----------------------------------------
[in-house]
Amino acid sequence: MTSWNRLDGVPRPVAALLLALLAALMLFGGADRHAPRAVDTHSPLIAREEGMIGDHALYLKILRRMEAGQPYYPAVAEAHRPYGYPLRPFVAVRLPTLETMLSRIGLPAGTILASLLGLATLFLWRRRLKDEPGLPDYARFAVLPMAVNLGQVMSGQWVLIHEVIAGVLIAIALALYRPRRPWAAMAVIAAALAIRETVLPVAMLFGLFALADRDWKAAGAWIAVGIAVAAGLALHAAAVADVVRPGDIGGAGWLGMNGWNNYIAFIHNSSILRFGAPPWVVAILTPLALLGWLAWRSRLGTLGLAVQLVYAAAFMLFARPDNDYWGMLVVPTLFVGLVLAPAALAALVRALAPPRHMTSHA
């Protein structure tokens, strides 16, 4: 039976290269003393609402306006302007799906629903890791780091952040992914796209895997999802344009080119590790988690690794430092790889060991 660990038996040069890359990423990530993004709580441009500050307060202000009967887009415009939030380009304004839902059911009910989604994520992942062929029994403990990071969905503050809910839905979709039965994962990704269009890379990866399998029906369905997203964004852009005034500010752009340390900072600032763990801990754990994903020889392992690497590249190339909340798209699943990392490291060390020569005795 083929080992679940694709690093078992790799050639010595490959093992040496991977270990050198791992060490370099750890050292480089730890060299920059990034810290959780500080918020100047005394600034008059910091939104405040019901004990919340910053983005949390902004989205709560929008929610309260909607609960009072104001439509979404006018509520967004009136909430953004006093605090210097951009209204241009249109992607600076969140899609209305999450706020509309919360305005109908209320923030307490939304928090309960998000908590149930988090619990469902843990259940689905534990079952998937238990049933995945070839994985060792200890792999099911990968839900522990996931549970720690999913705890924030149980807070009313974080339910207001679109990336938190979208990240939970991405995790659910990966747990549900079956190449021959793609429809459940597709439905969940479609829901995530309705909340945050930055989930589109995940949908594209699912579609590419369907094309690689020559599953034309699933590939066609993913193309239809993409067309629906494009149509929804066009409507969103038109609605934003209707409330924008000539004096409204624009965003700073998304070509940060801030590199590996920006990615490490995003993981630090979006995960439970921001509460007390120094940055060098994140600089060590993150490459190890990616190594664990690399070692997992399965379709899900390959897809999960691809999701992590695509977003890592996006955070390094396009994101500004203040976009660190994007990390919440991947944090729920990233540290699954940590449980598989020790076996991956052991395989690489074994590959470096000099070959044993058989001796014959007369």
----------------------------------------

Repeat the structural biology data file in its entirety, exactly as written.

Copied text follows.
[in-house]
Amino acid sequence: MTSWNRLDGVPRPVAALLLALLAALMLFGGADRHAPRAVDTHSPLIAREEGMIGDHALYLKILRRMEAGQPYYPAVAEAHRPYGYPLRPFVAVRLPTLETMLSRIGLPAGTILASLLGLATLFLWRRRLKDEPGLPDYARFAVLPMAVNLGQVMSGQWVLIHEVIAGVLIAIALALYRPRRPWAAMAVIAAALAIRETVLPVAMLFGLFALADRDWKAAGAWIAVGIAVAAGLALHAAAVADVVRPGDIGGAGWLGMNGWNNYIAFIHNSSILRFGAPPWVVAILTPLALLGWLAWRSRLGTLGLAVQLVYAAAFMLFARPDNDYWGMLVVPTLFVGLVLAPAALAALVRALAPPRHMTSHA
């Protein structure tokens, strides 16, 4: 039976290269003393609402306006302007799906629903890791780091952040992914796209895997999802344009080119590790988690690794430092790889060991 660990038996040069890359990423990530993004709580441009500050307060202000009967887009415009939030380009304004839902059911009910989604994520992942062929029994403990990071969905503050809910839905979709039965994962990704269009890379990866399998029906369905997203964004852009005034500010752009340390900072600032763990801990754990994903020889392992690497590249190339909340798209699943990392490291060390020569005795 083929080992679940694709690093078992790799050639010595490959093992040496991977270990050198791992060490370099750890050292480089730890060299920059990034810290959780500080918020100047005394600034008059910091939104405040019901004990919340910053983005949390902004989205709560929008929610309260909607609960009072104001439509979404006018509520967004009136909430953004006093605090210097951009209204241009249109992607600076969140899609209305999450706020509309919360305005109908209320923030307490939304928090309960998000908590149930988090619990469902843990259940689905534990079952998937238990049933995945070839994985060792200890792999099911990968839900522990996931549970720690999913705890924030149980807070009313974080339910207001679109990336938190979208990240939970991405995790659910990966747990549900079956190449021959793609429809459940597709439905969940479609829901995530309705909340945050930055989930589109995940949908594209699912579609590419369907094309690689020559599953034309699933590939066609993913193309239809993409067309629906494009149509929804066009409507969103038109609605934003209707409330924008000539004096409204624009965003700073998304070509940060801030590199590996920006990615490490995003993981630090979006995960439970921001509460007390120094940055060098994140600089060590993150490459190890990616190594664990690399070692997992399965379709899900390959897809999960691809999701992590695509977003890592996006955070390094396009994101500004203040976009660190994007990390919440991947944090729920990233540290699954940590449980598989020790076996991956052991395989690489074994590959470096000099070959044993058989001796014959007369």